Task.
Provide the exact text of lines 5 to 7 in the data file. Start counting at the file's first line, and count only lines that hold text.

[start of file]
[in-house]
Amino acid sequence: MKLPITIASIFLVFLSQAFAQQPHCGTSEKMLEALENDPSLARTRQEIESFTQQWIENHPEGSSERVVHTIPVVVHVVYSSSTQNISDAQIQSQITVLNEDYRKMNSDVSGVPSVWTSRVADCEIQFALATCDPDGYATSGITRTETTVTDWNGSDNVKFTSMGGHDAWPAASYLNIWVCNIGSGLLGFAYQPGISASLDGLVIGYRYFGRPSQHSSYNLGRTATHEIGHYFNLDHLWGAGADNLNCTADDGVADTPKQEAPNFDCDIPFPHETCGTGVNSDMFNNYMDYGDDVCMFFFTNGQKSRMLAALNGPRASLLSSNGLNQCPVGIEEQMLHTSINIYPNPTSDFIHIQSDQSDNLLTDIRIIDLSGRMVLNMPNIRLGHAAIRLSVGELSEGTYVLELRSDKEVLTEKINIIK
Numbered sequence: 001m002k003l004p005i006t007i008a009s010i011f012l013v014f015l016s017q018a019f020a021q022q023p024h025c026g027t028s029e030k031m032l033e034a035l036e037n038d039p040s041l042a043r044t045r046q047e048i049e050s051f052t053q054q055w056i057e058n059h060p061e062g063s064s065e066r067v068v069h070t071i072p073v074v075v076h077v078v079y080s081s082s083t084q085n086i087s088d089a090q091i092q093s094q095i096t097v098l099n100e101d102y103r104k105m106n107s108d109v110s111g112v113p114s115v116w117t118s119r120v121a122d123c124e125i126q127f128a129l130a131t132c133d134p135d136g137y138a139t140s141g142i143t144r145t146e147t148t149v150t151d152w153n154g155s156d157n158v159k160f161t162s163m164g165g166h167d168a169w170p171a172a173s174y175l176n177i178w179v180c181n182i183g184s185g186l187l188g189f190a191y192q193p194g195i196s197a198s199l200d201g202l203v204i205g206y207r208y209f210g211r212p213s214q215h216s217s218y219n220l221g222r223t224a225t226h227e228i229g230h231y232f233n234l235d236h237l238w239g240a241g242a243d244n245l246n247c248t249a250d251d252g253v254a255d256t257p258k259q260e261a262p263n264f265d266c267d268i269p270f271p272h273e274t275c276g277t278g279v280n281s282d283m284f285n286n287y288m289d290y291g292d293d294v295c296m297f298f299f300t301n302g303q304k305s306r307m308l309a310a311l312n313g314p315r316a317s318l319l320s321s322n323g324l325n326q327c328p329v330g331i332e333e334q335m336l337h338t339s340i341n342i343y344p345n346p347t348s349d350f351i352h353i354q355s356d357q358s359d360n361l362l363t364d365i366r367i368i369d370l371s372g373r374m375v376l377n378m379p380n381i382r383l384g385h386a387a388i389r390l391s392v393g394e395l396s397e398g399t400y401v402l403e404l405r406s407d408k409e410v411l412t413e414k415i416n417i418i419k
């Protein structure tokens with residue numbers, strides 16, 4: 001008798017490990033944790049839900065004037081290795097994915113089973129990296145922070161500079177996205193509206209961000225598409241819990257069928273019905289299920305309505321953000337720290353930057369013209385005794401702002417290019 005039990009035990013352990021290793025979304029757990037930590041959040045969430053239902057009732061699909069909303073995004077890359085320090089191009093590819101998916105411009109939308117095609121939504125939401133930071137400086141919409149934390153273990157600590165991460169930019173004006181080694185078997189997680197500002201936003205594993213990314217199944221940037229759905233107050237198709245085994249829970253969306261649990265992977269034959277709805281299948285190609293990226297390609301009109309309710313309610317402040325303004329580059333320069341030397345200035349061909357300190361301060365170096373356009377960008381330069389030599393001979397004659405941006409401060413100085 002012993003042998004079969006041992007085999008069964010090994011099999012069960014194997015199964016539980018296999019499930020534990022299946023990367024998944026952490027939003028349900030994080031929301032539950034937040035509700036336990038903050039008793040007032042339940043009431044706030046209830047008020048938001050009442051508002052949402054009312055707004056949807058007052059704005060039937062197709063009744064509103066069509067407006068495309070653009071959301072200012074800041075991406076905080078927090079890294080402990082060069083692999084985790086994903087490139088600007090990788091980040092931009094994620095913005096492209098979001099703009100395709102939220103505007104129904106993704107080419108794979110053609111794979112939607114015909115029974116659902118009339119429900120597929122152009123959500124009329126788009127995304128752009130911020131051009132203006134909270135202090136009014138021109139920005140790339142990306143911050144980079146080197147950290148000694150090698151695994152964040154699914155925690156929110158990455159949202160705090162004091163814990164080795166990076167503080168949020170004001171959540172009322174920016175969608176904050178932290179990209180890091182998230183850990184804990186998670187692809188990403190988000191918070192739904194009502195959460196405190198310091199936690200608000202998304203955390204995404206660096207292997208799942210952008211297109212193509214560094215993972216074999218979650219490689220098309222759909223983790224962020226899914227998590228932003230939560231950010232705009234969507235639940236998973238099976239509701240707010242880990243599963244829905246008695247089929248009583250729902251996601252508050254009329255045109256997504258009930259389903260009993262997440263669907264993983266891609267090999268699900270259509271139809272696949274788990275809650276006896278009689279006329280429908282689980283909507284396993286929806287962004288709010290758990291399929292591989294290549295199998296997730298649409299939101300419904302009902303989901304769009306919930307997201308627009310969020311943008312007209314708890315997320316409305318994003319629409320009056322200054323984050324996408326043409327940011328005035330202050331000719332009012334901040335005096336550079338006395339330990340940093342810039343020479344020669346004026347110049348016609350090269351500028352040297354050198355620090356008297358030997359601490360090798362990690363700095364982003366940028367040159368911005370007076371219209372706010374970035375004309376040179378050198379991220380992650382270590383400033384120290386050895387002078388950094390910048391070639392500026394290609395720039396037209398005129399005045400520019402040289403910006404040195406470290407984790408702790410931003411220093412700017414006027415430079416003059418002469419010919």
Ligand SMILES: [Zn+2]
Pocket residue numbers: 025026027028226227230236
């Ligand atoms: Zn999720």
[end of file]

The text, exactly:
Ligand SMILES: [Zn+2]
Pocket residue numbers: 025026027028226227230236
């Ligand atoms: Zn999720």